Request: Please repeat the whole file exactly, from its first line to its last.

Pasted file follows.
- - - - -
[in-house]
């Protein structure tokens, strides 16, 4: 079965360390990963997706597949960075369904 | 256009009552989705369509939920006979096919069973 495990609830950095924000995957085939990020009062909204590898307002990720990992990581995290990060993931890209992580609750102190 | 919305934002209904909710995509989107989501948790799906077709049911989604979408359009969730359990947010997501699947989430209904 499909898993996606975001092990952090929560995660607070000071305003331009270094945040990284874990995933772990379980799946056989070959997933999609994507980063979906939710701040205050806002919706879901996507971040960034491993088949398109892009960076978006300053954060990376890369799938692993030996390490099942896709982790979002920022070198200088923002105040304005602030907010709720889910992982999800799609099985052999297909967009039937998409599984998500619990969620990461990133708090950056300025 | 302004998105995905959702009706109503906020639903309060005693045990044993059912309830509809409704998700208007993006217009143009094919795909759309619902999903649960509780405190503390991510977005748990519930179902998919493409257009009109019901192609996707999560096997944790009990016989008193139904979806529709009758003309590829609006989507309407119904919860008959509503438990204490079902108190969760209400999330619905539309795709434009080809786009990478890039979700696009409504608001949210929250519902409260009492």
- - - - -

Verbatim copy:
[in-house]
């Protein structure tokens, strides 16, 4: 079965360390990963997706597949960075369904 | 256009009552989705369509939920006979096919069973 495990609830950095924000995957085939990020009062909204590898307002990720990992990581995290990060993931890209992580609750102190 | 919305934002209904909710995509989107989501948790799906077709049911989604979408359009969730359990947010997501699947989430209904 499909898993996606975001092990952090929560995660607070000071305003331009270094945040990284874990995933772990379980799946056989070959997933999609994507980063979906939710701040205050806002919706879901996507971040960034491993088949398109892009960076978006300053954060990376890369799938692993030996390490099942896709982790979002920022070198200088923002105040304005602030907010709720889910992982999800799609099985052999297909967009039937998409599984998500619990969620990461990133708090950056300025 | 302004998105995905959702009706109503906020639903309060005693045990044993059912309830509809409704998700208007993006217009143009094919795909759309619902999903649960509780405190503390991510977005748990519930179902998919493409257009009109019901192609996707999560096997944790009990016989008193139904979806529709009758003309590829609006989507309407119904919860008959509503438990204490079902108190969760209400999330619905539309795709434009080809786009990478890039979700696009409504608001949210929250519902409260009492």